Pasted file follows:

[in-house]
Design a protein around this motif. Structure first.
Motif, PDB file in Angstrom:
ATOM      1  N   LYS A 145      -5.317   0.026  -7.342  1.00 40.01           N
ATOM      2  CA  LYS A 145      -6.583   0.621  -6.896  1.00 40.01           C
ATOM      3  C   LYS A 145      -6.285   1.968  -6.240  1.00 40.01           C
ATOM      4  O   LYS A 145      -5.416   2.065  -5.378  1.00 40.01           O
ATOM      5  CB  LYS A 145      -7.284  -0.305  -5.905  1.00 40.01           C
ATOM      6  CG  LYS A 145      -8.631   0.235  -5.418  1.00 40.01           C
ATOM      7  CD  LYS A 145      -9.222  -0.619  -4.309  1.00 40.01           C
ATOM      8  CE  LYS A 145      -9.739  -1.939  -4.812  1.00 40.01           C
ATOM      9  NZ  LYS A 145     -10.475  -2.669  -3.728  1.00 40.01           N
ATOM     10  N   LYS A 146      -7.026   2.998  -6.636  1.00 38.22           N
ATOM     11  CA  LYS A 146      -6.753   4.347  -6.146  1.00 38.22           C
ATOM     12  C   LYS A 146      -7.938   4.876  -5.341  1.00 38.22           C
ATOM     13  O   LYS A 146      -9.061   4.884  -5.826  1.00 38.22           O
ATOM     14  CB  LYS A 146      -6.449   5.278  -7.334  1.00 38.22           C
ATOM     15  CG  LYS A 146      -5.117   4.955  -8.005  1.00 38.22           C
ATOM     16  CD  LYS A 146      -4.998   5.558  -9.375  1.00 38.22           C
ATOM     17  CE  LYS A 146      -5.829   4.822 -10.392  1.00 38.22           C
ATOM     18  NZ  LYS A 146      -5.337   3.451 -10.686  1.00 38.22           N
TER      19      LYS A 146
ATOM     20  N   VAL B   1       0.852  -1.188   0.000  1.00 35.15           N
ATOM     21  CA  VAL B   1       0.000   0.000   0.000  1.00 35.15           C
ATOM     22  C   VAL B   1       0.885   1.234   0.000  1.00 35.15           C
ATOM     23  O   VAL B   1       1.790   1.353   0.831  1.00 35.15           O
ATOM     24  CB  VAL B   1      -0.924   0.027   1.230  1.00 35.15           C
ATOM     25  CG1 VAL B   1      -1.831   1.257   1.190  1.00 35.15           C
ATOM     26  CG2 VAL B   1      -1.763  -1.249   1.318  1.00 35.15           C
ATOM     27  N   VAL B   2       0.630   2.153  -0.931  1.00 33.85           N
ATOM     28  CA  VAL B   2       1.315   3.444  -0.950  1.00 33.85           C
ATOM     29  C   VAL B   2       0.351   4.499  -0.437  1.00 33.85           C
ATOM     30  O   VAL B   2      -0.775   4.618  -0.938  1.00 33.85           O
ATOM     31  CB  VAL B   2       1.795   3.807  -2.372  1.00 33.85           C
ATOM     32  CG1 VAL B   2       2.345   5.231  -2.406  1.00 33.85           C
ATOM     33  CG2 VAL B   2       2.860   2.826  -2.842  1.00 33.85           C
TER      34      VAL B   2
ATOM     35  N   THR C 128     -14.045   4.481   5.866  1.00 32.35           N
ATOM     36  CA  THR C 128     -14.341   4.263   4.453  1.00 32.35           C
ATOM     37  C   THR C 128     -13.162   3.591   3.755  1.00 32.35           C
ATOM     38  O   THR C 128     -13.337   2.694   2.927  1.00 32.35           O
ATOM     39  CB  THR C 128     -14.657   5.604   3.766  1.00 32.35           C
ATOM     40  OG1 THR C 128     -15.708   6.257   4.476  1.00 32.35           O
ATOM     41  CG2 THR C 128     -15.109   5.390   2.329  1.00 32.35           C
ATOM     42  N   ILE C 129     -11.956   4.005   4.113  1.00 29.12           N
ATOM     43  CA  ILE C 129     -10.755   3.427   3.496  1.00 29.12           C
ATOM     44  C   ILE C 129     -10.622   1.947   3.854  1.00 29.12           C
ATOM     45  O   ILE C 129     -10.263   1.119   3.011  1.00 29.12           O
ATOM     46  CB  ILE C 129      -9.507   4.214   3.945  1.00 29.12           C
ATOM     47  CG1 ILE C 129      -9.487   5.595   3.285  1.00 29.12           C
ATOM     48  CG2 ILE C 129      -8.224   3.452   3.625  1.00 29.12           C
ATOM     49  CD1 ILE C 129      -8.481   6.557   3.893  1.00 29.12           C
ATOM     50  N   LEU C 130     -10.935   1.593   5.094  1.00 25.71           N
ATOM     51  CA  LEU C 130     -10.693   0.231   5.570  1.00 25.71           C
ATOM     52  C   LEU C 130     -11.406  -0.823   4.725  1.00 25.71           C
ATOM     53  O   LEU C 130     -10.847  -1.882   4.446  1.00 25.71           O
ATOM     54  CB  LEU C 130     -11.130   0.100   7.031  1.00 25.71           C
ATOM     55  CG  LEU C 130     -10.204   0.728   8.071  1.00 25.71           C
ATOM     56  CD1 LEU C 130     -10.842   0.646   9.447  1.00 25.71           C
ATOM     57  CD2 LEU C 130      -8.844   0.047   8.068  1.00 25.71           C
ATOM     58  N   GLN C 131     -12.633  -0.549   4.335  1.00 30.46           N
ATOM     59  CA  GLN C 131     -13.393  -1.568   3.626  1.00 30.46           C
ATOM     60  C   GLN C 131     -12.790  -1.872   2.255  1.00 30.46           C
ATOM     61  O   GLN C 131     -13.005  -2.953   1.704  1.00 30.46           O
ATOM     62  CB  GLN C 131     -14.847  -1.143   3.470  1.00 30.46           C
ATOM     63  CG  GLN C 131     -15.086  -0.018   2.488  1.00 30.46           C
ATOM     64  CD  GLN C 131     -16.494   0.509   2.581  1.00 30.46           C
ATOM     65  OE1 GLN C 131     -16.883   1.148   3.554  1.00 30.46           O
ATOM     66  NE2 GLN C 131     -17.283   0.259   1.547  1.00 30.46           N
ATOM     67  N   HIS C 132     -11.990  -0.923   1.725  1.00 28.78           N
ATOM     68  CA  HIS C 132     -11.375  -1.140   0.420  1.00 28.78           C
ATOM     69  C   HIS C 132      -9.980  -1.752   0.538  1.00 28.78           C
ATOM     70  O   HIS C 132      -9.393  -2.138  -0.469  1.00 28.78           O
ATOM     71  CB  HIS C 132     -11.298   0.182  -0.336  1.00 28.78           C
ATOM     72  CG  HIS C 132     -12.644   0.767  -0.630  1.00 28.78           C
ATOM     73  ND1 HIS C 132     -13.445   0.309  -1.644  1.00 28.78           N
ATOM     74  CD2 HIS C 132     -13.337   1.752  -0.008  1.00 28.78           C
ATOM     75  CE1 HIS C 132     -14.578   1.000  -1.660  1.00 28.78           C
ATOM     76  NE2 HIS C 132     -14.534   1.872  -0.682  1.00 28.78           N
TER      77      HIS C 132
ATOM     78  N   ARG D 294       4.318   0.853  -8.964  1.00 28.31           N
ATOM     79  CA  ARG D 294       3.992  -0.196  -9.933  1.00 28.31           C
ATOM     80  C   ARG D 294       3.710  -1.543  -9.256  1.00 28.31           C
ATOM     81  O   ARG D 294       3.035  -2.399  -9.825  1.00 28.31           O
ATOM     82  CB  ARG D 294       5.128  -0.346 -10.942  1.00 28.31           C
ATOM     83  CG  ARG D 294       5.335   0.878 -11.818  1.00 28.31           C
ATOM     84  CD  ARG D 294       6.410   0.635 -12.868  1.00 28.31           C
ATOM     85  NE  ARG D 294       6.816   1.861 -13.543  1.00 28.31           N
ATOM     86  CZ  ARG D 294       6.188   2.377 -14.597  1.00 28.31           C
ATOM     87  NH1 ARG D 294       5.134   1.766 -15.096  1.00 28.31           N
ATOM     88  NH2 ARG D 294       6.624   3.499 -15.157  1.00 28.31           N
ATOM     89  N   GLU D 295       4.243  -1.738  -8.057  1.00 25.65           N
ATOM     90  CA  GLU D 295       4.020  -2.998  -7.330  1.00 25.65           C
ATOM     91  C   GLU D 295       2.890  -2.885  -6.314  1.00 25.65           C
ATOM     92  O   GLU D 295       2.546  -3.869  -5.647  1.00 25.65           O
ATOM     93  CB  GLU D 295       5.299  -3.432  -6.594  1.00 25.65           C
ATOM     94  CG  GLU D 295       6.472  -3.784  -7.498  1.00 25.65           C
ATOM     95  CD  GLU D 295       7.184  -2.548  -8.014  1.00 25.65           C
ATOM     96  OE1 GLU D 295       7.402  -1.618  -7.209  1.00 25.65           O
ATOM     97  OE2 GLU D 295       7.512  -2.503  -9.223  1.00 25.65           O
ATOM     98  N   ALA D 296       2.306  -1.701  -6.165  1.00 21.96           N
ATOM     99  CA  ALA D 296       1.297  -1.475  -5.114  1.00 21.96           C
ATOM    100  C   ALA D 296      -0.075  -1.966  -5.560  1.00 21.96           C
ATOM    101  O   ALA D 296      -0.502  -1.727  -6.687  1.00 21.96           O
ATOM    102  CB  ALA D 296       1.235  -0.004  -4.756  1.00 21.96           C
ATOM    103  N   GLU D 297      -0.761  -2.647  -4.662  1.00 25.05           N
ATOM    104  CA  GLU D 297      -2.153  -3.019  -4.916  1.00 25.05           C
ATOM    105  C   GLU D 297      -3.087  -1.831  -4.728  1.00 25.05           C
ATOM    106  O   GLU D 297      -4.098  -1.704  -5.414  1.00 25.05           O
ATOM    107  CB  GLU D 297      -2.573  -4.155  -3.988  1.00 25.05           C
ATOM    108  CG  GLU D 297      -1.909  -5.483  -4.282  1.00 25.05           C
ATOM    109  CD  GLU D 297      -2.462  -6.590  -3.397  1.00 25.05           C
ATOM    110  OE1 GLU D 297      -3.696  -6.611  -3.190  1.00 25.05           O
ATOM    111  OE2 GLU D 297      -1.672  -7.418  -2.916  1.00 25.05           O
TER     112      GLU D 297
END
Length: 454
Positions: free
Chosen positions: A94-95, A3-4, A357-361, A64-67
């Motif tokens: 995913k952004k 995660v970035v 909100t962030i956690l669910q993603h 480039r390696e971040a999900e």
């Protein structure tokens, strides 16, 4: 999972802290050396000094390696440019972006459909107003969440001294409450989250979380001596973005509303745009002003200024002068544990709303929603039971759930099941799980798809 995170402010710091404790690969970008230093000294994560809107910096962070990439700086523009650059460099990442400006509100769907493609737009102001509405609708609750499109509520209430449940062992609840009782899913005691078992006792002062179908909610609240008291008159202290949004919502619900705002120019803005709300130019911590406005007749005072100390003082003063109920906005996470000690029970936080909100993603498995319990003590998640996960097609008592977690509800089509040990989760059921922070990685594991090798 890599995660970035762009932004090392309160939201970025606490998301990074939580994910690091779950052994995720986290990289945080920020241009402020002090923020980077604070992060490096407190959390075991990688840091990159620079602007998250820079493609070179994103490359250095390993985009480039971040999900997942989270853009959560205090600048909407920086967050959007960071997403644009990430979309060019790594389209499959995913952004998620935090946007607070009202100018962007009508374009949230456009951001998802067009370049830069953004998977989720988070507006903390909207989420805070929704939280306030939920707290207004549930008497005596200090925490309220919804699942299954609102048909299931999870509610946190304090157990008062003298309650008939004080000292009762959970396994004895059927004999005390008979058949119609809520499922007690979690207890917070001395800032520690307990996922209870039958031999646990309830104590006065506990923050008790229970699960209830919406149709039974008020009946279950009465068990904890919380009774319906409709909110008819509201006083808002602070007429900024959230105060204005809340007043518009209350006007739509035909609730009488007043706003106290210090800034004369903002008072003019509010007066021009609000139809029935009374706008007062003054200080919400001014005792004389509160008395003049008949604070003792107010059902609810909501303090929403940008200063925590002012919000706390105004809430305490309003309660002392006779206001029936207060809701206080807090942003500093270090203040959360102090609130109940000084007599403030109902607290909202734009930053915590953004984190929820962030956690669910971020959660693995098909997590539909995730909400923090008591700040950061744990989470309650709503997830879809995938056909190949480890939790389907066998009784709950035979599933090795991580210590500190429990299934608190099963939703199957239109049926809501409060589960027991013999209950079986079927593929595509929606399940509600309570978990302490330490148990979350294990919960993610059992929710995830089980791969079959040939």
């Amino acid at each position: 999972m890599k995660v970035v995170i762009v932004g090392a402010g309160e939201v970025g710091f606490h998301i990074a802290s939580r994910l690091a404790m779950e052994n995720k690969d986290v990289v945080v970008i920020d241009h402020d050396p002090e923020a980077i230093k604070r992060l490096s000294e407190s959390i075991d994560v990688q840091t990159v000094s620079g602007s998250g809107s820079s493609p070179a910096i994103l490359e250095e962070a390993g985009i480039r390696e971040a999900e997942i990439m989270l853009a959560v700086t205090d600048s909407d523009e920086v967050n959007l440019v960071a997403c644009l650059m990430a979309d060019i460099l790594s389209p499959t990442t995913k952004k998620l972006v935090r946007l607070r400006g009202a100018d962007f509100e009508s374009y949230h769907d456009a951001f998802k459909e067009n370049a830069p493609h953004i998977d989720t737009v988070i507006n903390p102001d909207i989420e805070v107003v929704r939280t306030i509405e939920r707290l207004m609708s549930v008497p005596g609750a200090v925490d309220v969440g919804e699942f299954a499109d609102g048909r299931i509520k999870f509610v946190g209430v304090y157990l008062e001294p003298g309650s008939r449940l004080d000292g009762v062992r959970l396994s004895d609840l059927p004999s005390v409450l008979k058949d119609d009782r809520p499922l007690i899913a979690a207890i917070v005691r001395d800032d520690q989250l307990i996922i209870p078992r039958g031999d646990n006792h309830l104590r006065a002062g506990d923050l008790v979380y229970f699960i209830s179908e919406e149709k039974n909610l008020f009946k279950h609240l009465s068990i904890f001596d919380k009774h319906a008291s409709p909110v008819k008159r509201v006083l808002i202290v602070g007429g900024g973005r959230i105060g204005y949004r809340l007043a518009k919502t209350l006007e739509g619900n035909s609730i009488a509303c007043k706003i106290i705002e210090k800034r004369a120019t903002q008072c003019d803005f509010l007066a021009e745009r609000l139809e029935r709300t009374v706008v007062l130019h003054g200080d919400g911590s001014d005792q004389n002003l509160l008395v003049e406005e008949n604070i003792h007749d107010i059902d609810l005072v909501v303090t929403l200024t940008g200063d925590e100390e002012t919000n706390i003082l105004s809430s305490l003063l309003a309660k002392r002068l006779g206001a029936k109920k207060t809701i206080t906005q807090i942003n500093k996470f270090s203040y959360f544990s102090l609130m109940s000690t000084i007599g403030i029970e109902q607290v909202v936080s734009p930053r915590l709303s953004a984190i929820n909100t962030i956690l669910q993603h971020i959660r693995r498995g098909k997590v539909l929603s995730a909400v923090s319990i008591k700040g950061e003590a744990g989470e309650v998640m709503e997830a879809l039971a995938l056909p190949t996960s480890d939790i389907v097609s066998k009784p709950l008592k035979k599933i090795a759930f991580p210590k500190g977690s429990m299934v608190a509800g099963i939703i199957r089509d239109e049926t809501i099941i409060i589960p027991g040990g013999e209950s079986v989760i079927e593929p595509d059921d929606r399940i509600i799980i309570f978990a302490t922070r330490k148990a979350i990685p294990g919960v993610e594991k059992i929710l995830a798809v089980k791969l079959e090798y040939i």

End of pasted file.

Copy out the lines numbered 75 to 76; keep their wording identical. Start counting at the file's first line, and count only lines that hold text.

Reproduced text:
ATOM     72  CG  HIS C 132     -12.644   0.767  -0.630  1.00 28.78           C
ATOM     73  ND1 HIS C 132     -13.445   0.309  -1.644  1.00 28.78           N